The cut-off date for saying yes or no was yesterday, and the firm anticipated at least 75% of the people they asked to consider taking a pay-cut would opt in. CLSA asked senior employees if they would volunteer a salary reduction û with an option of taking a 15%, 20% or 25% reduction. The idea, of course, is to reduce the chance of possible layoffs.
The rationale is that the firm will be able to maintain the same service level it is already providing clients if it doesn't have to lay off people and doesn't have staff worrying about internal changes instead of thinking about building the business during the downturn.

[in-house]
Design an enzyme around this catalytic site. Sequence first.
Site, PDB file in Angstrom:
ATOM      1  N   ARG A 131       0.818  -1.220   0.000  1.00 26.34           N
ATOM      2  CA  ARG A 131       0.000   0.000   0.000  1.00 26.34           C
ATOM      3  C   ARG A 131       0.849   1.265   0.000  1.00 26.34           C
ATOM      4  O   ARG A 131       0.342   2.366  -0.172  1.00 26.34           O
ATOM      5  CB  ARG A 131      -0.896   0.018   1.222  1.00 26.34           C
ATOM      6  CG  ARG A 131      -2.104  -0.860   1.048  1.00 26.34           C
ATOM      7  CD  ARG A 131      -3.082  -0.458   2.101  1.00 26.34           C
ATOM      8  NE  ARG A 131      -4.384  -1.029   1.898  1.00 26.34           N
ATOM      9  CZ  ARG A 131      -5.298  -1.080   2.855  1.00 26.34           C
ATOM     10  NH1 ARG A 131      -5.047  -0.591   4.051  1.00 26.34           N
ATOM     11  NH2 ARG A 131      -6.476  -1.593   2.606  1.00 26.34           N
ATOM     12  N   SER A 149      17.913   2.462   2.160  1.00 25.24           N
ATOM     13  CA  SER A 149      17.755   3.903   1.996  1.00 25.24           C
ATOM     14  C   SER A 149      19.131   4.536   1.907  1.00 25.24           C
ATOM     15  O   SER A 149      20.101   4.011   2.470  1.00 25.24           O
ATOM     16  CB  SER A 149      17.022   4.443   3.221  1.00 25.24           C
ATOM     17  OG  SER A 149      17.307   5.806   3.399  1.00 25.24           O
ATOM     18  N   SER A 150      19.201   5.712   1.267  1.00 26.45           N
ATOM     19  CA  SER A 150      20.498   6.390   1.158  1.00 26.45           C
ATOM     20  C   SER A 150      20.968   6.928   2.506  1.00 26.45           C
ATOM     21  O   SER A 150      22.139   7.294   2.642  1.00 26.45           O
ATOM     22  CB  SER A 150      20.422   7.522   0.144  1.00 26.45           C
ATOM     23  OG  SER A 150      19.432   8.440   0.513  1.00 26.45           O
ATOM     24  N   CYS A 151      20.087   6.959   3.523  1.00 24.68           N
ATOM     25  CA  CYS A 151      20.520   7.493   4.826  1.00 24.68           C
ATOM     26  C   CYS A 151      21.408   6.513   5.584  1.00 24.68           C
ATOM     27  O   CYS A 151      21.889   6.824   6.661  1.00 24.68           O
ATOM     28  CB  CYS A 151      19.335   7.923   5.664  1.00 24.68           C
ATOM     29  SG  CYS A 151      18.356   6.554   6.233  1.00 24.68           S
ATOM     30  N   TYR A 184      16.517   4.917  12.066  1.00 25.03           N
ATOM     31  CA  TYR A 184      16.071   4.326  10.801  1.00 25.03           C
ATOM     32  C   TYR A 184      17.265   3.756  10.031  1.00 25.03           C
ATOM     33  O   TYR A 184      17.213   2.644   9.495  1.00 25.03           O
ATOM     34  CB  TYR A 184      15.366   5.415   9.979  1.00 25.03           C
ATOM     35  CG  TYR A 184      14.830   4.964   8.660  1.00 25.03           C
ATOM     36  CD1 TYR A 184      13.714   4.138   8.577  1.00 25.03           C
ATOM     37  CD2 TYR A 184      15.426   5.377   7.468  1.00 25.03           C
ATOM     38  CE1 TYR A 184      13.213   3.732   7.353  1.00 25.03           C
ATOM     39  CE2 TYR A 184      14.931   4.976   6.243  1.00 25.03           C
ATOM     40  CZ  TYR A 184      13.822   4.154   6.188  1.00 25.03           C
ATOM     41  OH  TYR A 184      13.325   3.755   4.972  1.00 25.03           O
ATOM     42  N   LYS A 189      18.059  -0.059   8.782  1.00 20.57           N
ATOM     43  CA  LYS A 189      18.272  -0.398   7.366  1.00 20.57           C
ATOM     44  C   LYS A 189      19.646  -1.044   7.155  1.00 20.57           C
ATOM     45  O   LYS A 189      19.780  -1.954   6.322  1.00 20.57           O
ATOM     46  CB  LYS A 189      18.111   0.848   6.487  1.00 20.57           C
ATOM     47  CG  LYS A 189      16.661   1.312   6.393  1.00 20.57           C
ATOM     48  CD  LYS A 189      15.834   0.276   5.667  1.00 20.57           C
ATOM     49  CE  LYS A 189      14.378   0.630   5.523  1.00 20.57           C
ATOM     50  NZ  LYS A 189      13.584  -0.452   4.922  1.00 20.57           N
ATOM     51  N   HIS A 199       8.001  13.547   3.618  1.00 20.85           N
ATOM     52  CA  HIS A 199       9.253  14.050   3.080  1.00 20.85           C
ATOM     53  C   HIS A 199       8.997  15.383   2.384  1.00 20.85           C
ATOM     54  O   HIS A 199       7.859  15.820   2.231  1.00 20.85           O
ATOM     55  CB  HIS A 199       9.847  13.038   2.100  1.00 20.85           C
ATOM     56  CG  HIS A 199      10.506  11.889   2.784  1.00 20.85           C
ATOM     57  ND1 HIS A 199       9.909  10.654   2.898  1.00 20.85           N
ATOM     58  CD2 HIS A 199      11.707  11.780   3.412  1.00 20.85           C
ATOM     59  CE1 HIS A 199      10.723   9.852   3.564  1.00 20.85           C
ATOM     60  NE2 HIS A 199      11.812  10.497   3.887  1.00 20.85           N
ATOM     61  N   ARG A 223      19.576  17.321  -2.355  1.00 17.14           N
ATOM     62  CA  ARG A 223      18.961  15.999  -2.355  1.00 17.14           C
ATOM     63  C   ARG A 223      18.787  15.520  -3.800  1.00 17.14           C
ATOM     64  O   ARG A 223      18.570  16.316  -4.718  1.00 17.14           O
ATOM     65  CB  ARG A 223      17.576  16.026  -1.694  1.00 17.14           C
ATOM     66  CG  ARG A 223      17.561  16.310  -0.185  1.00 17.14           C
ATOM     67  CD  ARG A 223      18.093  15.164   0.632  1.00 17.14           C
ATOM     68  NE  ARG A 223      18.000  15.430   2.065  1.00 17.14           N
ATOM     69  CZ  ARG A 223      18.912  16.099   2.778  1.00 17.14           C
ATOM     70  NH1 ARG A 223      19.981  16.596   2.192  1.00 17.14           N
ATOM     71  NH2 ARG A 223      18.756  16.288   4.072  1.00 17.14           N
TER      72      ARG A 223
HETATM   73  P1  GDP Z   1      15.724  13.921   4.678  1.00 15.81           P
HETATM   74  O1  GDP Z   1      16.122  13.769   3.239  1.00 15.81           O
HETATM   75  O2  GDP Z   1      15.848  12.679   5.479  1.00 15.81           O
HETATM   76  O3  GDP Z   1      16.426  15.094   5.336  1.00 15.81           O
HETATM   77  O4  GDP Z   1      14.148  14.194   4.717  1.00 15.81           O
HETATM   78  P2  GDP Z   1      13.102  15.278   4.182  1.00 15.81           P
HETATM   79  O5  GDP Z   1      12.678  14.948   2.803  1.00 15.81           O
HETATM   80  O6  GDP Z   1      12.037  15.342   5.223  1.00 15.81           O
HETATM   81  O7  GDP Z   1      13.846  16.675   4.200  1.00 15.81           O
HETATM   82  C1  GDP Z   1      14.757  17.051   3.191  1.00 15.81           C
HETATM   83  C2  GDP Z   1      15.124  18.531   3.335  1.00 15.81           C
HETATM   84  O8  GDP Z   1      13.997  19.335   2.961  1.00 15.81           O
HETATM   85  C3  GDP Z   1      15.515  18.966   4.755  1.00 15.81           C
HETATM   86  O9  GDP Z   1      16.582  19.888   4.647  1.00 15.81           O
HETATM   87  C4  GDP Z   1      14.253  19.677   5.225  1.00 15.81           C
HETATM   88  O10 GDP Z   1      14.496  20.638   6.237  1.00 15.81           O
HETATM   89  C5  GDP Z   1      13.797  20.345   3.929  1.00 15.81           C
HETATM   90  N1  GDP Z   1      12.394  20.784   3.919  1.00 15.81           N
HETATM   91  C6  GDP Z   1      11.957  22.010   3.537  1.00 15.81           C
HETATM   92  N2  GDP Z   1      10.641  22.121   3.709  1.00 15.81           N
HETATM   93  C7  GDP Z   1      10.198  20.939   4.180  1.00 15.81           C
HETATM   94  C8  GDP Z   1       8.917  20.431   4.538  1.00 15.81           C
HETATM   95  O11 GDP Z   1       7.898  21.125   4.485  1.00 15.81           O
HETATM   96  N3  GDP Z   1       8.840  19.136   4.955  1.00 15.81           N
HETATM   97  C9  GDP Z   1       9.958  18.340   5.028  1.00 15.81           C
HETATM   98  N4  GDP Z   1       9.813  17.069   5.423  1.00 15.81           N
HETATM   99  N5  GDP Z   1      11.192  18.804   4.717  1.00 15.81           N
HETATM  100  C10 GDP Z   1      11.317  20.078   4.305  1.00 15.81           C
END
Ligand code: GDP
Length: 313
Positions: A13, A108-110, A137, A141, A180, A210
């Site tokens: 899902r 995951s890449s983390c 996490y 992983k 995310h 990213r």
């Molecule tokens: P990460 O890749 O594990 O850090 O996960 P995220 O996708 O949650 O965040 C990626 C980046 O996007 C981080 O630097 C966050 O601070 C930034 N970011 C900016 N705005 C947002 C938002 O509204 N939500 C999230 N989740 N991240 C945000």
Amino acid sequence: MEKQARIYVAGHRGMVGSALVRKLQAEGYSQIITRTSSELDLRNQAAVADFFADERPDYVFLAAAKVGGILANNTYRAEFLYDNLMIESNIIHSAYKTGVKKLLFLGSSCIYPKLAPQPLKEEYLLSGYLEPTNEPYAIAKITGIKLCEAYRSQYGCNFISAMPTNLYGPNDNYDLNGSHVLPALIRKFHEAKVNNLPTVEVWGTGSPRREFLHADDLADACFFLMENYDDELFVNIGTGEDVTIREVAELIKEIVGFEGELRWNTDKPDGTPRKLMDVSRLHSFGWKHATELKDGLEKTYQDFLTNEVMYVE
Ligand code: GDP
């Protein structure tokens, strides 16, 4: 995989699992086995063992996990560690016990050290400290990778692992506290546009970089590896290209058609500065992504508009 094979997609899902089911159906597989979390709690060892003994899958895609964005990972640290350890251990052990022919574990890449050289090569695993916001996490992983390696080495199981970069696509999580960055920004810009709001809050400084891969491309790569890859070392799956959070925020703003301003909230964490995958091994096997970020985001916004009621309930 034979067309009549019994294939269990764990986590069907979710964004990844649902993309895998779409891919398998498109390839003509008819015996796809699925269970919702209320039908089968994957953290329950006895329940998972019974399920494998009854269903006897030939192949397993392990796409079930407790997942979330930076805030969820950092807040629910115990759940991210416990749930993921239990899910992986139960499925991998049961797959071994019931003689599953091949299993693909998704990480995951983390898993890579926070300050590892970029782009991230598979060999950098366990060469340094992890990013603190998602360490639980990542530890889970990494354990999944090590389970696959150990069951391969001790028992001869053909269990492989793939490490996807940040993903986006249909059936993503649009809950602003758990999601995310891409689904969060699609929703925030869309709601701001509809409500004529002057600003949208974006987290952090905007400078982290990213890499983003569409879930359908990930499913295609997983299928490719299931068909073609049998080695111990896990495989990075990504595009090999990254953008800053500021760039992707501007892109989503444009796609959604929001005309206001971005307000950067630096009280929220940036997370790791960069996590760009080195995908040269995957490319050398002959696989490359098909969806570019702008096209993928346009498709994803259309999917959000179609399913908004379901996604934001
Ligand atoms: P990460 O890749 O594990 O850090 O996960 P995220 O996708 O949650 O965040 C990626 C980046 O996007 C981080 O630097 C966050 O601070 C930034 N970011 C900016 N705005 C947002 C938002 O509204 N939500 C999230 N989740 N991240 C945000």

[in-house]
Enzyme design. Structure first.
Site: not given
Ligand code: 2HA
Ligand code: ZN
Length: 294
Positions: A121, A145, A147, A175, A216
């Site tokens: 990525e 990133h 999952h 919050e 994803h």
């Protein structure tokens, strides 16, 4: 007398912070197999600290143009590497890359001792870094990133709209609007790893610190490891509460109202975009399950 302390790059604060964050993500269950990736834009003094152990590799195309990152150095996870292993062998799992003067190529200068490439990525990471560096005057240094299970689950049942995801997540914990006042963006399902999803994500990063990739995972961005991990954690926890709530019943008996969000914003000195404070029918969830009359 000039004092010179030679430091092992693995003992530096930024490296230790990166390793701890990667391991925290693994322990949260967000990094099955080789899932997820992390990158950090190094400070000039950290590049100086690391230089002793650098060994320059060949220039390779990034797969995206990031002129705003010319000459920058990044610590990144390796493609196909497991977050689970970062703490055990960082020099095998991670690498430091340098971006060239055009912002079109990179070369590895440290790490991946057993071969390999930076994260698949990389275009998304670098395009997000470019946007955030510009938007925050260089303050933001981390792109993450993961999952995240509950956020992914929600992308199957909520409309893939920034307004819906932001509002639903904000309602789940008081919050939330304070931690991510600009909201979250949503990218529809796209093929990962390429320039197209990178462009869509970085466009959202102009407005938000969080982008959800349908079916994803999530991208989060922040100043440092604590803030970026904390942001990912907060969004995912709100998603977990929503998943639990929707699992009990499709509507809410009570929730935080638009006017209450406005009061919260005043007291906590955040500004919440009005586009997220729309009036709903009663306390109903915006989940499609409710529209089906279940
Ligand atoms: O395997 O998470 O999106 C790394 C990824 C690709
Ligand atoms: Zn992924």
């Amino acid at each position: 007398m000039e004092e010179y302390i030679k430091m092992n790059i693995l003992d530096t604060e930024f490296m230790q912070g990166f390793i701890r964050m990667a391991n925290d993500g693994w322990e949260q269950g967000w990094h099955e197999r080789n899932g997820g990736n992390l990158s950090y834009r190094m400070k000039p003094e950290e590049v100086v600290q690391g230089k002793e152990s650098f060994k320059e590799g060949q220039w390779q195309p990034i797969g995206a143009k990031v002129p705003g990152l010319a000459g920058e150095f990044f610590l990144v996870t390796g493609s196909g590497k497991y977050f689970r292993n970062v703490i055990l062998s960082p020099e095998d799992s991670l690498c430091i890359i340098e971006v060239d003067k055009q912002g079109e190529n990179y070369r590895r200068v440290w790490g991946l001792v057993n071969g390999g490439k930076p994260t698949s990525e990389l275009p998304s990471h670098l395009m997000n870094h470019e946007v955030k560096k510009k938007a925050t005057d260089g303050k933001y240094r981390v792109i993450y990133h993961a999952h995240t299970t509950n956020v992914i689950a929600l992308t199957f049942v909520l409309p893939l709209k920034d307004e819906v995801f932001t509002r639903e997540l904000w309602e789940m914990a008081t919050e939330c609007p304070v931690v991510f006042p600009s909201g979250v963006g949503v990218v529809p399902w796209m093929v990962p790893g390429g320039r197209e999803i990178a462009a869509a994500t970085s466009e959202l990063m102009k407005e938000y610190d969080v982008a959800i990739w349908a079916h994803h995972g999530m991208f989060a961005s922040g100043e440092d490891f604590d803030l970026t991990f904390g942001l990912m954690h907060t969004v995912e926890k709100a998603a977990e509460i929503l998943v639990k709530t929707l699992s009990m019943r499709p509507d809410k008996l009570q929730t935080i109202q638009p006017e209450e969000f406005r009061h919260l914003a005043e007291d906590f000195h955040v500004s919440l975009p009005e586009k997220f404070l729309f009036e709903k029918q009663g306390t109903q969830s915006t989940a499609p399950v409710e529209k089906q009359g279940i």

"We feel there is an opportunity to take market share if we are able to keep the staffing level at what we have now," explains Simone Wheeler, head of communications for CLSA Asia-Pacific Markets.
The incentive for choosing a pay-cut is that if CLSA keeps costs below 50% of revenue each month, then those who opted to take the pay-cut will be reimbursed back to their earlier salary, and make an incremental extra. It is reviewed monthly, but possible pay-backs will be made quarterly.
Voluntary pay-cuts are not unprecedented for CLSA, which took this same approach to cost-savings during Sars. The 2003 scheme ran the full calendar year of 2003 and was deemed a success by the firm. "We reached the cost-to-revenue ratio targets in 11 out of 12 months û so all participants were repaid and most received incremental revenue," points out Wheeler.